Liberal democracy and populism are both ideologies/political approaches committed to the idea of popular sovereignty, which appeal “the people” and support the rights of the individuals over “the elite” or those who are more powerful than the ordinary people. Despite that, both these concepts rely on incompatible conceptualizations of the people and as a consequence, they manifest antagonistic and contradictory understandings of the concept of democracy. Therefore, it challenges the common assumption that populism might be beneficial for the demos. Although the populist movement can signal an underlying malfunction/failure of our liberal democratic system, it can never itself operate as the corrective. Instead, it should be seen as a main threat to liberal democracy, which should undertake actions with the purpose of repairing both the symptom(populism) and the underlying issue. Until recently, liberal democracy dominated triumphantly, most citizens seemed committed to this form of government, the economy was growing, and no radical parties.
Political analysts thought that democracy in places like France/ U.S. would not change in the years to come, but it turned out to be very different. Citizens have now grown restless and the populists are on the rise around the world, from America to Europe. Across Europe and North America, long- existing political systems are facing a change, including the Brexit vote, the 2016 U.S. election, the absolute win of the populist party in the Czech Republic’s 2017 elections; and most concerning, the support of Prime Minister of Hungary, Viktor Orbán’ on “illiberal democracy,” changes which threaten the shape of liberal democracy. The election of Donald Trump to the White House has been the most obvious case of democracy’s crisis. But it is not the only incident. In Poland and Hungary, populist leaders are using those same manners to destroy the free media and independent institutions according to Bustikova & Guasti on “The liberal Turn or Swerve”. Even in the supposedly stable democracies of Sweden, Germany and the Netherlands, extremists are celebrating successes. There is not any doubt that we are going through a populist moment, but the question is whether they will turn into the threat of liberal democracy. To answer that question first we have to define liberal democracy and populism. The basic requirements for democracy to live are both the equality of all its citizens and inclusive citizenship.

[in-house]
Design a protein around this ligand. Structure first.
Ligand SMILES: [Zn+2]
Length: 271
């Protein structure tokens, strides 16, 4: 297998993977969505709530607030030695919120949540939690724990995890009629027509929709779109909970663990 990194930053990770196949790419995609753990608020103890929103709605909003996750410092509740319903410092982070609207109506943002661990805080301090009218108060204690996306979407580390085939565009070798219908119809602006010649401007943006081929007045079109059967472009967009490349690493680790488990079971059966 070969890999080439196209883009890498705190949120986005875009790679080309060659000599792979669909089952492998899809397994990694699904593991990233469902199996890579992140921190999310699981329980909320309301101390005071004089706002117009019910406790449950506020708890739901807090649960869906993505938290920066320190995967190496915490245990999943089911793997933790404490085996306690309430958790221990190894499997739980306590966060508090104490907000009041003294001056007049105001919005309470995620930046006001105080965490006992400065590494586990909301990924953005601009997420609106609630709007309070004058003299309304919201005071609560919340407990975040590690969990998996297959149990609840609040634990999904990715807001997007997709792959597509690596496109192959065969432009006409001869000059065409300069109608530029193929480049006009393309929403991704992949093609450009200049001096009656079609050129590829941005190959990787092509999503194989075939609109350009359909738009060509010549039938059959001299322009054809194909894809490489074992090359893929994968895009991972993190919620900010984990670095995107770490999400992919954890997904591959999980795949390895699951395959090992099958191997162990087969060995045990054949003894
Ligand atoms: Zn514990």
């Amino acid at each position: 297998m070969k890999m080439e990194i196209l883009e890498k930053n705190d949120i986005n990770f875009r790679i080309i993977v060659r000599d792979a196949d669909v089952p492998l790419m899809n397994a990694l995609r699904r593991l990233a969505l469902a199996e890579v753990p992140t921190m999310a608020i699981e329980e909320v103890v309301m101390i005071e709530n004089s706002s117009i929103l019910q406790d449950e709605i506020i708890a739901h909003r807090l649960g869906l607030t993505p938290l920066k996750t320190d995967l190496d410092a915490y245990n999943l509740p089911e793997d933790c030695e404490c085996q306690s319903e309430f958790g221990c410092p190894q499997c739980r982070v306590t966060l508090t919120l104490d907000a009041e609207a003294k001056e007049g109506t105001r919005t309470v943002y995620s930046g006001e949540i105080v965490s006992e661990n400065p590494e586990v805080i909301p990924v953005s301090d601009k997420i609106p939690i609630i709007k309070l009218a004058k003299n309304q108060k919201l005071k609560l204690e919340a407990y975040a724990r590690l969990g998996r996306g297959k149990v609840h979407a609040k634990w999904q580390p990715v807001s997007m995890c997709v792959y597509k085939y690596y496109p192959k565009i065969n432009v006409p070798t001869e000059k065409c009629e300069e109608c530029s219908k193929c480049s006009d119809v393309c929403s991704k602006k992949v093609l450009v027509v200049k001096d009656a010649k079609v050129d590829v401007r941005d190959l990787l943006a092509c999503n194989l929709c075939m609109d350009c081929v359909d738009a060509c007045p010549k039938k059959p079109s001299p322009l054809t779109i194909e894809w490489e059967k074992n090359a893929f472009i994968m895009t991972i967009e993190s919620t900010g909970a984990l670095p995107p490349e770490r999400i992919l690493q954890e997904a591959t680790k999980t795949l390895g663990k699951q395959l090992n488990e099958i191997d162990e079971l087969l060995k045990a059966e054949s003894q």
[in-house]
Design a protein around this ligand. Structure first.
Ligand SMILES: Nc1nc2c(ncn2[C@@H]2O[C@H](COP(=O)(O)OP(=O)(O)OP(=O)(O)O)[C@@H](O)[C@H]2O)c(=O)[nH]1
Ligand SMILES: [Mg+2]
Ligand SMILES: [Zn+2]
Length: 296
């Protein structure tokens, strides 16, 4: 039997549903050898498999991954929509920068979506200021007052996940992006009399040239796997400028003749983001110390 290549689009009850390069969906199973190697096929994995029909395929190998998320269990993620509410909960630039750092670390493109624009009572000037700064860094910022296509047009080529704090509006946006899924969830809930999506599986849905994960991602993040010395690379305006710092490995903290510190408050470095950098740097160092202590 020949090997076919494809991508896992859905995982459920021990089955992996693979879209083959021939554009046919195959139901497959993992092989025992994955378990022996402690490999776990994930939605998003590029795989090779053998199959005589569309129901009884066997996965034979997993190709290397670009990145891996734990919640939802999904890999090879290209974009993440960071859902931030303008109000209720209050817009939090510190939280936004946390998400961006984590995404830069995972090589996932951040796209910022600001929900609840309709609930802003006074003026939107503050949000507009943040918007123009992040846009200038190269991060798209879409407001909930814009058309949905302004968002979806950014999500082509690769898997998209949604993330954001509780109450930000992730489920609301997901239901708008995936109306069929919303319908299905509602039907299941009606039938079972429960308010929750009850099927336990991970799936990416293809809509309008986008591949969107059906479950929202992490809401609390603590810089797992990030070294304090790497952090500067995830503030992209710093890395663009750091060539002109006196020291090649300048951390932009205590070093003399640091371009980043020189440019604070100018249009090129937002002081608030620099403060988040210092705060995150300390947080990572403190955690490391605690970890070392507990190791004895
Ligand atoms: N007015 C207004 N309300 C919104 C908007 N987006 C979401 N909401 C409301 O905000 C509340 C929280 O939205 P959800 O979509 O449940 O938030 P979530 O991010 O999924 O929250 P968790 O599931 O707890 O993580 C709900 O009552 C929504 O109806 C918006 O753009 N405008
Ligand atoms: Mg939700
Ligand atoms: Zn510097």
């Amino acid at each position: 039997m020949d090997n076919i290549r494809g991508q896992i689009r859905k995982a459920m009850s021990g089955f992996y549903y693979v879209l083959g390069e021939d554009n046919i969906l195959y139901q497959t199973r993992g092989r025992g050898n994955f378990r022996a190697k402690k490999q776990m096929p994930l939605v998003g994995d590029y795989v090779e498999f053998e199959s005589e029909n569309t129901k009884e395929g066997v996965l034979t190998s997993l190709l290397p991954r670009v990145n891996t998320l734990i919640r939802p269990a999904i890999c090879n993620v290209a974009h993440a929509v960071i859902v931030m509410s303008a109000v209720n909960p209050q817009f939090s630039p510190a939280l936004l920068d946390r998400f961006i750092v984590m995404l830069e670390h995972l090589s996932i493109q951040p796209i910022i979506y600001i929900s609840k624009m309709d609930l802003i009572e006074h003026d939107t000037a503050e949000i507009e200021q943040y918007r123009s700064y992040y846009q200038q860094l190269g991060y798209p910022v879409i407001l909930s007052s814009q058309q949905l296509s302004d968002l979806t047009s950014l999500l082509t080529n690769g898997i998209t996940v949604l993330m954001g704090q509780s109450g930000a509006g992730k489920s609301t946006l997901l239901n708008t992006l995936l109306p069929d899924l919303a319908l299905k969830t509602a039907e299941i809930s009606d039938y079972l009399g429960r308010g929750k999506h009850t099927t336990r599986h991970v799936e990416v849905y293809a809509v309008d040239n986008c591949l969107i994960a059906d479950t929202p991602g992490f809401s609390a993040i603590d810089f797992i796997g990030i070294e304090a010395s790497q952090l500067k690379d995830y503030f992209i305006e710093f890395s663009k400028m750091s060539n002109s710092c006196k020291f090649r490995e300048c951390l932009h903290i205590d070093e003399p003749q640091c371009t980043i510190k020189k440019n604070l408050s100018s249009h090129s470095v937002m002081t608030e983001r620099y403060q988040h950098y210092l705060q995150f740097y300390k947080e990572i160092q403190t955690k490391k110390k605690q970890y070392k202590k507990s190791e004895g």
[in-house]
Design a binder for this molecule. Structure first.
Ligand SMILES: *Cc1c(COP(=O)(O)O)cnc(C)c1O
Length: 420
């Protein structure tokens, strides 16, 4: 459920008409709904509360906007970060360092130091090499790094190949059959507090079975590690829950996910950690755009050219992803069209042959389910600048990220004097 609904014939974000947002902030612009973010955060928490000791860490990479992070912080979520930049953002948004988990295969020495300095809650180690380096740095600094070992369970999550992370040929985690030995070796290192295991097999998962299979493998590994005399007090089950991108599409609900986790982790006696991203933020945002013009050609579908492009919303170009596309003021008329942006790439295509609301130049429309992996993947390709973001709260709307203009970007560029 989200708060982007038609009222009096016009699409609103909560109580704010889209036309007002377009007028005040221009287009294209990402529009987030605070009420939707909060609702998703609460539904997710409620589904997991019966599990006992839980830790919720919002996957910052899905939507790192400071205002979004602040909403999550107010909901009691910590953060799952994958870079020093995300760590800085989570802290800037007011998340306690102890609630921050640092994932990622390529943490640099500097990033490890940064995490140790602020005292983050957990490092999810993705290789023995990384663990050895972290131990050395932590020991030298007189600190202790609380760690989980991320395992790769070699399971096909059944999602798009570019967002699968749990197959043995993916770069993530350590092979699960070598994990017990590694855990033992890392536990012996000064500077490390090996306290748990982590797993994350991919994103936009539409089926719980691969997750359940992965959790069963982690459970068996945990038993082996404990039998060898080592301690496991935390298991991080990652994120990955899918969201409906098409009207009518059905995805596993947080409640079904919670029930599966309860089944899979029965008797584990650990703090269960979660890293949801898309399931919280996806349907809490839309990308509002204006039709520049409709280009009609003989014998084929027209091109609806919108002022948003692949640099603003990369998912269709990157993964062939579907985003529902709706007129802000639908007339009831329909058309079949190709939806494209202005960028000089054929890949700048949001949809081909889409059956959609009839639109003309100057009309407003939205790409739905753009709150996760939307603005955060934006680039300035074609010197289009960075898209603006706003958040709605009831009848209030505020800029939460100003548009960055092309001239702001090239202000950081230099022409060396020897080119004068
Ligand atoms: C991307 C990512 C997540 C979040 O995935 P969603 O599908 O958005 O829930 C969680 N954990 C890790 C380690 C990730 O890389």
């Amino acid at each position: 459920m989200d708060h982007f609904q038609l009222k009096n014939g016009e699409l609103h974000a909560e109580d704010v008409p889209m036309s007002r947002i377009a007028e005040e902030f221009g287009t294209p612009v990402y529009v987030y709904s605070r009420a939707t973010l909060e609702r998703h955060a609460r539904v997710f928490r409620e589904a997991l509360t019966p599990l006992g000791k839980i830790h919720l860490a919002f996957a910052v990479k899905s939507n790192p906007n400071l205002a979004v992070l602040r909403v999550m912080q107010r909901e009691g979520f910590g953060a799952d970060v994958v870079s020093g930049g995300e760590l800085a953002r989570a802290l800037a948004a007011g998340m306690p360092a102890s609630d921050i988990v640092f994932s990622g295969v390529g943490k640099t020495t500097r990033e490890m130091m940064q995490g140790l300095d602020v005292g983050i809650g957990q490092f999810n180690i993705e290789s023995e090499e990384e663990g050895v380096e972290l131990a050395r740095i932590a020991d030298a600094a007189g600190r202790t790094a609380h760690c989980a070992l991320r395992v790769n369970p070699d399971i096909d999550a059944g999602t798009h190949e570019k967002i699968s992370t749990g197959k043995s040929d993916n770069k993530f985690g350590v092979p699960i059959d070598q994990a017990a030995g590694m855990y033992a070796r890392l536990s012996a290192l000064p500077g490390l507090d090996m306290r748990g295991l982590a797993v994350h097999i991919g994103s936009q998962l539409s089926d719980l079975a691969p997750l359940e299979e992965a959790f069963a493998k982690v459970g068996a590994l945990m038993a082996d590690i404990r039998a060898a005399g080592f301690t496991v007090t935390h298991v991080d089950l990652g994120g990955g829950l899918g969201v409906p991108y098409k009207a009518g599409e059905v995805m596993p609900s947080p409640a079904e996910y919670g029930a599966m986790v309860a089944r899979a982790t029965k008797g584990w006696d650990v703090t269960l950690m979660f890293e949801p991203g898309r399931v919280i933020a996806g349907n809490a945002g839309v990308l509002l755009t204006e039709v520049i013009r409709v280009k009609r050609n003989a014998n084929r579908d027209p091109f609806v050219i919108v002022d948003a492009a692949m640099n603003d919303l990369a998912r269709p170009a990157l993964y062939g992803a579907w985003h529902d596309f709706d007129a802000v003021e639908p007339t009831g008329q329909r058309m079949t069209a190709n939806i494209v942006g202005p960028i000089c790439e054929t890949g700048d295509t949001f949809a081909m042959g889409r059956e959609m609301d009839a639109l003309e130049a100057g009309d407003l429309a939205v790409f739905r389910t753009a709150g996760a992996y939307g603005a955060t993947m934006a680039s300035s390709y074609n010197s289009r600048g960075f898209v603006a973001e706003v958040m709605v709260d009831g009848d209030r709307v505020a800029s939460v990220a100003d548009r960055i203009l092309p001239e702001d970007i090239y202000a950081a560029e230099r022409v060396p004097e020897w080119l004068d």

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The other key pillar of a democratic government is majority rule. In addition to that, some boundaries/limitations are also established, like the “separation of powers” and “checks and balances.” Meanwhile, populism is not just, an expression of disappointment over economic expectations, and being scared of any threats to security. Populism does accept the principles of democracy. It is believe, however, on constitutionalism, which concludes that it aims what a national leader (Orbán) calls “illiberal democracy”, a governing system capable of translating popular preferences into public policy without the impediments that have prevented liberal democracies from responding effectively to urgent problems( Lipset, pg 7). From this perspective, populism is not a warning to democracy but rather to the liberal variant of it. Populism can also be defined as “the people” against “the elite”. Today, “we the people” is understood to mean all citizens, regardless of their beliefs, and length of their citizenship. The people have a certain set of interests while the elite has another, values being not only different but fundamentally opposing. Populists see the elite as very corrupted and the people as equally righteous, meaning that the people could and should govern themselves. That being said, populist leaders defend that they represent the people themselves, the only force in society.
Therefore we can say that populism is the enemy of its own existence, and therefore of liberal democracy. Do we need to take the threat seriously? On the one hand, liberal democracy faces clear dangers. However we may also gain a little comfort, from the results of a cross-national survey conducted a couple of months ago. Although there is worldwide discontent with the way the democratic institutions are performing in the European and North American, support for representative democracy on these continents stands at 80%. By contrast, only 13 % support a system with a strong leader who can make decisions without intervention from the courts. That being said, while people are not against representative democracy, they do consider other forms of government. 70 % favor referendums in which citizens vote directly on major national issues and 43% believe that experts should be allowed to make decisions about those issues in their countries. According to a Voter Study Group performed by William Galston among respondents, 78% believe that democracy is the most favourite to any other type of government, while 83% think it is very important to live in such form of government. Nonetheless, 23% support the idea of a powerful leader who does need Congressional consult and worry about elections, and 18% would prefer military rule. Openness to non-democratic alternatives was most supported among voters who have economic liberalism and cultural conservatism, a characteristic of U.S. populists. About 50% of those who supported Barack Obama in 2012 but then voted Donald Trump in 2016 favored a powerful leader and did not accept democracy as the best type of government.